The tussive effect of hyperpnea with cold air

Am Rev Respir Dis. 1985 Mar;131(3):362-7. doi: 10.1164/arrd.1985.131.3.362.


The tussive and bronchoconstrictive effects of hyperpnea with cold air (HCA) are described in 3 patients with exercise-induced cough, 7 volunteers with exercise-induced cough, and 7 asymptomatic volunteers. Cough associated with HCA exceeded baseline cough in each of the patients and volunteers with exercise-induced cough and in all but one of the asymptomatic volunteers. The time course of cough was similar in each group. Maximal cough frequency occurred during the first 5 min after HCA and persisted to a much lesser degree during the ensuing 26 min. The time course of bronchoconstriction was similar to that of cough, with maximal decrements in specific airway conductance measured 5 min after HCA. Pretreatment with albuterol blocked HCA-induced bronchoconstriction but had no effect on HCA-induced cough. No subject in any of the 3 groups was hyperreactive to methacholine aerosols. In subjects who are nonhyperreactive to methacholine aerosols, HCA has a characteristic, reproducible, and predictable tussive effect. Thus, HCA may be a useful tool for investigating the mechanism of cough and for evaluation of antitussive drugs.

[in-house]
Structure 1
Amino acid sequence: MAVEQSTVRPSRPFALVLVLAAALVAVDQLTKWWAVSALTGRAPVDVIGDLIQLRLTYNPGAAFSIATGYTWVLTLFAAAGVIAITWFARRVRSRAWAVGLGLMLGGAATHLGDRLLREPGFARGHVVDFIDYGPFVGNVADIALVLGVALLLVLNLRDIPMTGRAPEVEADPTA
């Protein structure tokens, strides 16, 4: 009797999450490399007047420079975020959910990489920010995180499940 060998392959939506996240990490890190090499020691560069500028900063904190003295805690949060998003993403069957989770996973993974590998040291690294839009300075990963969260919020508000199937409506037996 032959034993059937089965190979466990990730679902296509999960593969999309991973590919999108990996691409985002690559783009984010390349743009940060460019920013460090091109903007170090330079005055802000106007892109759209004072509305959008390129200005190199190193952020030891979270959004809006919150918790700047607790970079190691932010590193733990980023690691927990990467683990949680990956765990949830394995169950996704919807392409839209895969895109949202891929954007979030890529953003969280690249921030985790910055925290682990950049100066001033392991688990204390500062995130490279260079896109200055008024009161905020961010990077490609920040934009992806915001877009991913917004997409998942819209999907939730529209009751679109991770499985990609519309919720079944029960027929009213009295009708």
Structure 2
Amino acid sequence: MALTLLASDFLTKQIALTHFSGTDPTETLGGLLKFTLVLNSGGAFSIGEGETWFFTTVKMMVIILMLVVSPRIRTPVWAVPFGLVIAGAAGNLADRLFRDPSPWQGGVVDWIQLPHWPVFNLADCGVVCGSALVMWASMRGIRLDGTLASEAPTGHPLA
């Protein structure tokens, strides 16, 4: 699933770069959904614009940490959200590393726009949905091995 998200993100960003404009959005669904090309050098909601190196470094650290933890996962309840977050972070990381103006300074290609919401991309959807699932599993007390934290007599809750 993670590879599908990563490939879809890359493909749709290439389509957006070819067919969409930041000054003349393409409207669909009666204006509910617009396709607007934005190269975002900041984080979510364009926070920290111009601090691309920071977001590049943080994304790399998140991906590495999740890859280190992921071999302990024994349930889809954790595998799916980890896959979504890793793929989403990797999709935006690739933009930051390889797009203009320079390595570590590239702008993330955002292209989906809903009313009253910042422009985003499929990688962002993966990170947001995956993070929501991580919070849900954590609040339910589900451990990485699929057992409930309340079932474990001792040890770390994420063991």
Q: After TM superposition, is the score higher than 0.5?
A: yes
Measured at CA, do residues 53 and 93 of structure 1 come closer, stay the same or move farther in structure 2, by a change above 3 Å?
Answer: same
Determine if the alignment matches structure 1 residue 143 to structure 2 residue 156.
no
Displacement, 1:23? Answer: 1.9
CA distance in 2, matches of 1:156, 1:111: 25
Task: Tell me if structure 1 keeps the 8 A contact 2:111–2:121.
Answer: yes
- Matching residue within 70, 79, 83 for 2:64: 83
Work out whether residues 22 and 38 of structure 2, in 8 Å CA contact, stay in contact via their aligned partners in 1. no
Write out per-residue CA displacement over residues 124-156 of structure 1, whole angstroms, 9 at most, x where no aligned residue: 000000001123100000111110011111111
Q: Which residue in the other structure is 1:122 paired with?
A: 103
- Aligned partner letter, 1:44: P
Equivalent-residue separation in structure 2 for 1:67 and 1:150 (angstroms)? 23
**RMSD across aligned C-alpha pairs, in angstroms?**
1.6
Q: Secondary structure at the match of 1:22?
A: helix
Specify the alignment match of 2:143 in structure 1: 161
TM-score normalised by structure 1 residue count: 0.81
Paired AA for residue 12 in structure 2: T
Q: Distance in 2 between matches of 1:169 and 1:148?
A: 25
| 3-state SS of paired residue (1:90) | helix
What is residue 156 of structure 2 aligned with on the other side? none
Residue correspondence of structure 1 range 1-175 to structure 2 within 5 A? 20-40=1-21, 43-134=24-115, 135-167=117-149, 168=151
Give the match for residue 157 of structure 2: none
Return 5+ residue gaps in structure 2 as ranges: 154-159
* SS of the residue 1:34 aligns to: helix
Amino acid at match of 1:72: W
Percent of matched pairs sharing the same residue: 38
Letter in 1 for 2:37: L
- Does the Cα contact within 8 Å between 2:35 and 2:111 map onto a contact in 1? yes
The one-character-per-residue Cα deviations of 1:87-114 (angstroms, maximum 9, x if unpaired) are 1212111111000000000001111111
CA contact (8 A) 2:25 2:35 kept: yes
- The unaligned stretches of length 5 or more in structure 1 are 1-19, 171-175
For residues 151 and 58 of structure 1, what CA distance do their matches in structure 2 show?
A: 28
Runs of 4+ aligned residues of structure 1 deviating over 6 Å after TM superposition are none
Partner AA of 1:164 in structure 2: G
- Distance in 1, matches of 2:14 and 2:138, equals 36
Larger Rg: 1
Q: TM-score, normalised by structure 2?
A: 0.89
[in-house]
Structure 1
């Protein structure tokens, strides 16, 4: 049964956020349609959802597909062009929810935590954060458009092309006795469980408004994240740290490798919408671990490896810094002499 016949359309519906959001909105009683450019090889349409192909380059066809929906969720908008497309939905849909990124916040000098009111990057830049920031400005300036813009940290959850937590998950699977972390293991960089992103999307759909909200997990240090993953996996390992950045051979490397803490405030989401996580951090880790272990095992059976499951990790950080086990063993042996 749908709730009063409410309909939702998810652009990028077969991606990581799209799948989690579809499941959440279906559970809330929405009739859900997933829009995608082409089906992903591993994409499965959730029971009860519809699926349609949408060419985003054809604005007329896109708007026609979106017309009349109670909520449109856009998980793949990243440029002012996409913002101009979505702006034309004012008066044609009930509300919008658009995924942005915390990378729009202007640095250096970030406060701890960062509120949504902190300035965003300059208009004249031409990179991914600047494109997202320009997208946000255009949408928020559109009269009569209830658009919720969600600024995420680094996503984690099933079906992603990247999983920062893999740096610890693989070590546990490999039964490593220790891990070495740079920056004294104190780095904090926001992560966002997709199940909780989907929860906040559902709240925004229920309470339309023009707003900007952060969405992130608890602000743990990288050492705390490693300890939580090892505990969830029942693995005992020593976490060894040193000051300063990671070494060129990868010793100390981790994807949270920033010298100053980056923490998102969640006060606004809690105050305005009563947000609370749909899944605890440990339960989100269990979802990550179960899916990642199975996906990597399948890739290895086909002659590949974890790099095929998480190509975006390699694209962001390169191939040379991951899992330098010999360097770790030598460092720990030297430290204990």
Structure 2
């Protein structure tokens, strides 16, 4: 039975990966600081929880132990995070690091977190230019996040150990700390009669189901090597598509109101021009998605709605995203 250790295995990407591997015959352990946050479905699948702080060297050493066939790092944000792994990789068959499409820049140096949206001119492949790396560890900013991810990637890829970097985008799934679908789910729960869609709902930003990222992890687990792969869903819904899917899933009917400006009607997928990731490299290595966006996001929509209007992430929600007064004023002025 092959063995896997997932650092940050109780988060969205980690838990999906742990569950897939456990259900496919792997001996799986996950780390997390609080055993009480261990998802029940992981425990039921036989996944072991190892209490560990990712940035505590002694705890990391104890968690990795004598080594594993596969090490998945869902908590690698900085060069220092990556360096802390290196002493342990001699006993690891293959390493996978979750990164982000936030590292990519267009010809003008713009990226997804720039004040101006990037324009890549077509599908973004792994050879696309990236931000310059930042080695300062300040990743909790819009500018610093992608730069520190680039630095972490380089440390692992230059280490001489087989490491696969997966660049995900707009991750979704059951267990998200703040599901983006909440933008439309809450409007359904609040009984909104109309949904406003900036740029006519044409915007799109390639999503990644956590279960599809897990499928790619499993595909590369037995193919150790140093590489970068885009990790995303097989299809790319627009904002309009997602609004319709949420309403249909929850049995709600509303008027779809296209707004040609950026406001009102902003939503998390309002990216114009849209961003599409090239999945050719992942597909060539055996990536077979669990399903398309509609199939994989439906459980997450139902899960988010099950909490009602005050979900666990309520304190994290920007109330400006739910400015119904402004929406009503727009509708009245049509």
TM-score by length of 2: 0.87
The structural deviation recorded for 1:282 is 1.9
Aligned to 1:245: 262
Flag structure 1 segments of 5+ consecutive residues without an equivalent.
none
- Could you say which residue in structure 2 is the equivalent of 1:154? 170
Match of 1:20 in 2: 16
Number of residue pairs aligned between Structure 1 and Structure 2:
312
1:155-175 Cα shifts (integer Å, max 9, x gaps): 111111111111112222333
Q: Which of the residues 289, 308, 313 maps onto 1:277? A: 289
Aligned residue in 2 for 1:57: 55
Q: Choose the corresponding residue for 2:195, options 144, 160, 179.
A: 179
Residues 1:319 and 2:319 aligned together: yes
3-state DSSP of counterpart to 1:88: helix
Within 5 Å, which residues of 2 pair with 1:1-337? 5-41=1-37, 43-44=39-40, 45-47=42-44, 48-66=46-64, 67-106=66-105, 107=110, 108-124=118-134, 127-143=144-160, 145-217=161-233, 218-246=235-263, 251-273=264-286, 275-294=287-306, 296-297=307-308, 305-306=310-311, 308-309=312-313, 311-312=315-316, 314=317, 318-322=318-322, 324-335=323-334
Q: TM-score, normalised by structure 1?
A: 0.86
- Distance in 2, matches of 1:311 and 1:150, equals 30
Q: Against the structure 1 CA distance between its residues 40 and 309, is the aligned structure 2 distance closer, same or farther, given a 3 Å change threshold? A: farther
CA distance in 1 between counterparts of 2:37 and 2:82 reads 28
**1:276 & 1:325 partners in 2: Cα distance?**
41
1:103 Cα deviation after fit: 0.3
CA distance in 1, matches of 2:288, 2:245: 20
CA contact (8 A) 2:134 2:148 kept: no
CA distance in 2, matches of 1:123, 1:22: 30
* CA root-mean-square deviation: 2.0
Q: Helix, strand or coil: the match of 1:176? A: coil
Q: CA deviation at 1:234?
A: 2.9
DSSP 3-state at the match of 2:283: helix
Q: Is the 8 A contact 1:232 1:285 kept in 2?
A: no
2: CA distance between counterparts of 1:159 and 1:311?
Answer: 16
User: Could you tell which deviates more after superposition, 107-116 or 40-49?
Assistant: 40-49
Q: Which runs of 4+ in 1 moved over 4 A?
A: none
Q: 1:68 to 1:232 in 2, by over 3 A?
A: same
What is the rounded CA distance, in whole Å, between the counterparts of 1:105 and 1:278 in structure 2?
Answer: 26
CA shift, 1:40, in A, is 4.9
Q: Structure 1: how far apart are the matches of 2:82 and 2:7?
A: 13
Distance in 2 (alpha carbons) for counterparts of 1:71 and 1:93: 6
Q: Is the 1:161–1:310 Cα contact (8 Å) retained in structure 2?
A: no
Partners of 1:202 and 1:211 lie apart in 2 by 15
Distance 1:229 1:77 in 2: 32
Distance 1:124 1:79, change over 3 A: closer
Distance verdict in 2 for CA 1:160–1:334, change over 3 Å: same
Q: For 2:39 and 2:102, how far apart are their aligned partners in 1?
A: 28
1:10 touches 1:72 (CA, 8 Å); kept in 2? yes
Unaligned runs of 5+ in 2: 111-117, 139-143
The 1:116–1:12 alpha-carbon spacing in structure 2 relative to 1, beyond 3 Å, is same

Publication types

  • Case Reports
  • Research Support, Non-U.S. Gov't
  • Research Support, U.S. Gov't, P.H.S.

MeSH terms

  • Adult
  • Air
  • Bronchi / physiopathology*
  • Bronchial Provocation Tests
  • Cold Temperature*
  • Cough / etiology
  • Cough / physiopathology*
  • Humans
  • Male
  • Methacholine Chloride
  • Methacholine Compounds / pharmacology
  • Physical Exertion
  • Respiration*
  • Respiratory Function Tests


  • Methacholine Compounds
  • Methacholine Chloride